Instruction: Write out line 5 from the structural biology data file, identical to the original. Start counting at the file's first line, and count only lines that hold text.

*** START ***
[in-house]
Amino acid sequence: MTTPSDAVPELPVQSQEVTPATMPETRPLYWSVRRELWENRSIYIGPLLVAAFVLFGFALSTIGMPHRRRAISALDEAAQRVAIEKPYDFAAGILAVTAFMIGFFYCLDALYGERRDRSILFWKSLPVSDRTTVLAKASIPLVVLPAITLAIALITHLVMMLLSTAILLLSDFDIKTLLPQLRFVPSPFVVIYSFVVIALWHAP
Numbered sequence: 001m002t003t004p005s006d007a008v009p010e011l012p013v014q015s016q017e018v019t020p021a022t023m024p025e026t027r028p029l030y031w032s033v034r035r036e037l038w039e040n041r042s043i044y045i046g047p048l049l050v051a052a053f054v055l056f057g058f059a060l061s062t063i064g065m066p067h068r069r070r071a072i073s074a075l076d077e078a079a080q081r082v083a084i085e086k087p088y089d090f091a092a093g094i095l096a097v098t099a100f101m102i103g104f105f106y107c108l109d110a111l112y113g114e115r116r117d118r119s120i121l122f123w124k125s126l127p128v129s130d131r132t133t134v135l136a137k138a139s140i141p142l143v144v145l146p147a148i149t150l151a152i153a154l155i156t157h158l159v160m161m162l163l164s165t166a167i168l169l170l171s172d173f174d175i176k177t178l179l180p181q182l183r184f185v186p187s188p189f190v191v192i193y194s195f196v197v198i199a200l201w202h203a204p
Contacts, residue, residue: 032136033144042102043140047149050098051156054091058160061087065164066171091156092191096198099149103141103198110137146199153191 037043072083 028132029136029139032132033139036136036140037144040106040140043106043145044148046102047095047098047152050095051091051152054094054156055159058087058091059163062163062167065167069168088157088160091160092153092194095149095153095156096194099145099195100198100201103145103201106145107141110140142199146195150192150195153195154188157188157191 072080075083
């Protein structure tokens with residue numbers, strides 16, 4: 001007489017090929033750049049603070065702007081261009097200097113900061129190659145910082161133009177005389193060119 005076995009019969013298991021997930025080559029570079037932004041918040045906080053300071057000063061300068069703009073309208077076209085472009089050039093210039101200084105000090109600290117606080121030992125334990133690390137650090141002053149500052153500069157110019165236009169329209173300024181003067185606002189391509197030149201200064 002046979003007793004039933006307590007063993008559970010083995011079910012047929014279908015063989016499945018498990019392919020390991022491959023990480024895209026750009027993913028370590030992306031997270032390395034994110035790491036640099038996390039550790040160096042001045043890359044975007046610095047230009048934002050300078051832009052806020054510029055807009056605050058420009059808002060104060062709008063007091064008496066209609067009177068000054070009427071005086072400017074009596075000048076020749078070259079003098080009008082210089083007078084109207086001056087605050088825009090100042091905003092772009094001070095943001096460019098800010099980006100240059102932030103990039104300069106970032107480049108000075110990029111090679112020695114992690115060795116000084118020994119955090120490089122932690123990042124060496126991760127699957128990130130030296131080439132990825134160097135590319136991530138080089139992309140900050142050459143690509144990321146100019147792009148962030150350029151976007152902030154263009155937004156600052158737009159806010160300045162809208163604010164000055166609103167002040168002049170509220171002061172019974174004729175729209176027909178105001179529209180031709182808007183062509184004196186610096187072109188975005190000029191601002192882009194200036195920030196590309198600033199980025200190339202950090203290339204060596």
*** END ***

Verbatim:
């Protein structure tokens with residue numbers, strides 16, 4: 001007489017090929033750049049603070065702007081261009097200097113900061129190659145910082161133009177005389193060119 005076995009019969013298991021997930025080559029570079037932004041918040045906080053300071057000063061300068069703009073309208077076209085472009089050039093210039101200084105000090109600290117606080121030992125334990133690390137650090141002053149500052153500069157110019165236009169329209173300024181003067185606002189391509197030149201200064 002046979003007793004039933006307590007063993008559970010083995011079910012047929014279908015063989016499945018498990019392919020390991022491959023990480024895209026750009027993913028370590030992306031997270032390395034994110035790491036640099038996390039550790040160096042001045043890359044975007046610095047230009048934002050300078051832009052806020054510029055807009056605050058420009059808002060104060062709008063007091064008496066209609067009177068000054070009427071005086072400017074009596075000048076020749078070259079003098080009008082210089083007078084109207086001056087605050088825009090100042091905003092772009094001070095943001096460019098800010099980006100240059102932030103990039104300069106970032107480049108000075110990029111090679112020695114992690115060795116000084118020994119955090120490089122932690123990042124060496126991760127699957128990130130030296131080439132990825134160097135590319136991530138080089139992309140900050142050459143690509144990321146100019147792009148962030150350029151976007152902030154263009155937004156600052158737009159806010160300045162809208163604010164000055166609103167002040168002049170509220171002061172019974174004729175729209176027909178105001179529209180031709182808007183062509184004196186610096187072109188975005190000029191601002192882009194200036195920030196590309198600033199980025200190339202950090203290339204060596």